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Do dryland ecosystems control interannual variability and trends in global carbon fluxes?

State of the art global models increasingly point at the role of dryland ecosystems in controlling interannual variation and long-term trends in the land carbon sink, yet these models have significant limitations in these water-limited ecosystems. This project aims to improve empirical understanding of carbon storage and fluxes in dryland ecosystems, in order to improve these dynamic global vegetation models.

The DRIVING-C project combines remote sensing at fine and coarse scales, eddy covariance techniques and modelling with dynamics global vegetation models, focusing mainly on field sites in the southwestern USA. To investigate spatial variations in gaseous carbon fluxes and field-test new, ‘low cost’, alternative technologies, we have deployed eight eddy covariance towers across semi-arid shrubland and grassland sites. In conjunction with these gas flux observations, we are using drone photogrammetry techniques to monitor changes in vegetation biomass through time across the spatial footprint observed by these eddy covariance instruments. We are investigating the capacity of coarse-scale (satellite obtained) remote sensing observations to characterise changes in carbon storage. This knowledge will be used to parameterise and evaluate dynamic global vegetation models (DGVMs), particularly the Joint UK Land Environment Simulator (JULES), to help us to learn more about the strengths and weaknesses of existing model structures.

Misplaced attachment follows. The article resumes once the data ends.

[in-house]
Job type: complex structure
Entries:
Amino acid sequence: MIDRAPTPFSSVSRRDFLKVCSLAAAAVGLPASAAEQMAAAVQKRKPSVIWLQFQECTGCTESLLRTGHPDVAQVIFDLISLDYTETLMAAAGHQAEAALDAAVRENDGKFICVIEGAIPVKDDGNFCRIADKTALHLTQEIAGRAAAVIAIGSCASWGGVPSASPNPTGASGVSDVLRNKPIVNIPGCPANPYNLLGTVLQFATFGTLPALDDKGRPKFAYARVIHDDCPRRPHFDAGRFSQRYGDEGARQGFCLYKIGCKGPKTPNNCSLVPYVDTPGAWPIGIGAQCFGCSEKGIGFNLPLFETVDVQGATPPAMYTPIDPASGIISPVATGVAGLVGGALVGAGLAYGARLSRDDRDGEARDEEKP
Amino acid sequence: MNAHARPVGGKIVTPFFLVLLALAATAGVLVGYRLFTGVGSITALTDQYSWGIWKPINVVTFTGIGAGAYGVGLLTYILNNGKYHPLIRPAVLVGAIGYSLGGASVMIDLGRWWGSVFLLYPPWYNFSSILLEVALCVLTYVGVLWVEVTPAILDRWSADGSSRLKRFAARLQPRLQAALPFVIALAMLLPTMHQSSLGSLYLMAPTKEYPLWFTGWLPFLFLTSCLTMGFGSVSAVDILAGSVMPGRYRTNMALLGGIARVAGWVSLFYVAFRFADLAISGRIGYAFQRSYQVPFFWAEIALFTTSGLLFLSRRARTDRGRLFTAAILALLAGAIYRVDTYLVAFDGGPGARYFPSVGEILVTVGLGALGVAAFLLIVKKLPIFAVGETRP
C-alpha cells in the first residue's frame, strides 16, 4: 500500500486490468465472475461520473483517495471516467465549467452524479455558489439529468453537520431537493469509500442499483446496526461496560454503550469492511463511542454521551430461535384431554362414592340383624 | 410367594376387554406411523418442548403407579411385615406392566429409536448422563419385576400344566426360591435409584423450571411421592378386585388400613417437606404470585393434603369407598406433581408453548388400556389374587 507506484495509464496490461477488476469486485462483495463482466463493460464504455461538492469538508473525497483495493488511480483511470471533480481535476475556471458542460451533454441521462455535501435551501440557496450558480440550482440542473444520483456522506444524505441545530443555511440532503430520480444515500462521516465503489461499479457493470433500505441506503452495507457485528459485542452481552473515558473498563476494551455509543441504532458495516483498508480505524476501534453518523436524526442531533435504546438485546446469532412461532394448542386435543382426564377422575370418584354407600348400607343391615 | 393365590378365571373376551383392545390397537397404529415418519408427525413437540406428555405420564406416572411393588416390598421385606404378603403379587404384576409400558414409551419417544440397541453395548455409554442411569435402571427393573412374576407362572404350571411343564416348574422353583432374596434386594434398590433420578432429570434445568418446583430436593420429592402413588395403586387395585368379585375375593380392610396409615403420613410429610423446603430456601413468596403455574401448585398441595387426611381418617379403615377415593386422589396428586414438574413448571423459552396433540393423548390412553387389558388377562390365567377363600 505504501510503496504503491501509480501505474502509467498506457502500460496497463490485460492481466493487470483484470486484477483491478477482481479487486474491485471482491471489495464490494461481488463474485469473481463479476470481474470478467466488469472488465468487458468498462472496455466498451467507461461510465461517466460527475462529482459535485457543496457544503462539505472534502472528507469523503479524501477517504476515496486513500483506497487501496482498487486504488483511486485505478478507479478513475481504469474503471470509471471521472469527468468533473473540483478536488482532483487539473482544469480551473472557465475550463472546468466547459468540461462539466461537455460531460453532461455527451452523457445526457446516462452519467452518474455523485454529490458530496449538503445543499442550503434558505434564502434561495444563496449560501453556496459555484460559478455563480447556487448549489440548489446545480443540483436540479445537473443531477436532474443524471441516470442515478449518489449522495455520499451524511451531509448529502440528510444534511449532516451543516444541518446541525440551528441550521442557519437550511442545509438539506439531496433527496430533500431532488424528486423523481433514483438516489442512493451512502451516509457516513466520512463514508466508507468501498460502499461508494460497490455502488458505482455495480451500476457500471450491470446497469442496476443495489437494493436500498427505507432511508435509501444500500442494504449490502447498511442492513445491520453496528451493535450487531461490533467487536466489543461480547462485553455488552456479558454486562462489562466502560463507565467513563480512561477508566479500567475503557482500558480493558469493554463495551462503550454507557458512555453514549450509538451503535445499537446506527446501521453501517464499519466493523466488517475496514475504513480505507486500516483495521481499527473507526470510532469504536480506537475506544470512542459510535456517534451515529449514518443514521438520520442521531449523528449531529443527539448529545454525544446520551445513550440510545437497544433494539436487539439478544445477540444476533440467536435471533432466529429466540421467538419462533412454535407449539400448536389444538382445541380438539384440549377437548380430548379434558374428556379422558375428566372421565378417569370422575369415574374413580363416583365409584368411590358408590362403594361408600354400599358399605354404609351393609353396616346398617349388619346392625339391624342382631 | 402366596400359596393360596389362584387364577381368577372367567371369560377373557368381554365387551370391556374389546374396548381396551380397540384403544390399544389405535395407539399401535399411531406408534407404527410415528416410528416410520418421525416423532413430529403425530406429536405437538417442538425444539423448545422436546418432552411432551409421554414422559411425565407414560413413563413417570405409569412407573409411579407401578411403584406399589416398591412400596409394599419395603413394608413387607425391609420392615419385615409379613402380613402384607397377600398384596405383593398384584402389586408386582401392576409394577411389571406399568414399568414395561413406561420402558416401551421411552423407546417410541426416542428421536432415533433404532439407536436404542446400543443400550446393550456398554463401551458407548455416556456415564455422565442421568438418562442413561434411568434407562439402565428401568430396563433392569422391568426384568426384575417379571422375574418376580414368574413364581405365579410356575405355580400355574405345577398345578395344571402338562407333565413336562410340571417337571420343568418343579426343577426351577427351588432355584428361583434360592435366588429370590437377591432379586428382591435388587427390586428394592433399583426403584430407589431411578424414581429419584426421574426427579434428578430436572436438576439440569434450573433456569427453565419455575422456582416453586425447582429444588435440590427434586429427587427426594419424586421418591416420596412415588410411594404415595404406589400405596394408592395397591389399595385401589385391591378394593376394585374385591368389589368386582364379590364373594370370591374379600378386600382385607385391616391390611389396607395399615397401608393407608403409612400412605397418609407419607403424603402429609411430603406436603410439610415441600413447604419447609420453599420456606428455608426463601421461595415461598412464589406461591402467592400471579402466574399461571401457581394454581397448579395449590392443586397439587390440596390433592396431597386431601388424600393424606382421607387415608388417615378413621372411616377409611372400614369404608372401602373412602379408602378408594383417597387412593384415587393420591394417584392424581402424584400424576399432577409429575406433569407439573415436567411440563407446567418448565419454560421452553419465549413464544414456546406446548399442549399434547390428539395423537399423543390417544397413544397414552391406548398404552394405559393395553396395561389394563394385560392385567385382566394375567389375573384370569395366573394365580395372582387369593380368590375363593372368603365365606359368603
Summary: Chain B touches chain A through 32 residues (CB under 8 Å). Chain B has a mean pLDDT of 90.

Team members

  • Prof. Richard Brazier (PI)
  • Dr Andrew Cunliffe (R-CI) (main contact)
  • Assoc. Prof. Karen Anderson (CI)
  • Assoc. Prof. Tim Hill (CI)
  • Prof. Stephen Sitch (CI)
  • Dr Fabio Boschetti (RT)


This research is funded by the Natural Environment Research Council (NERC) (NE/R00062X/1).

Project partners

We are collaborating with a wide range of project partners, including Prof. Marcy Litvak and Cameron McIntire from the University of New Mexico, Prof. Walt Oechel and Breahna Gillespie from San Diego State University, and Dr Rob Clement.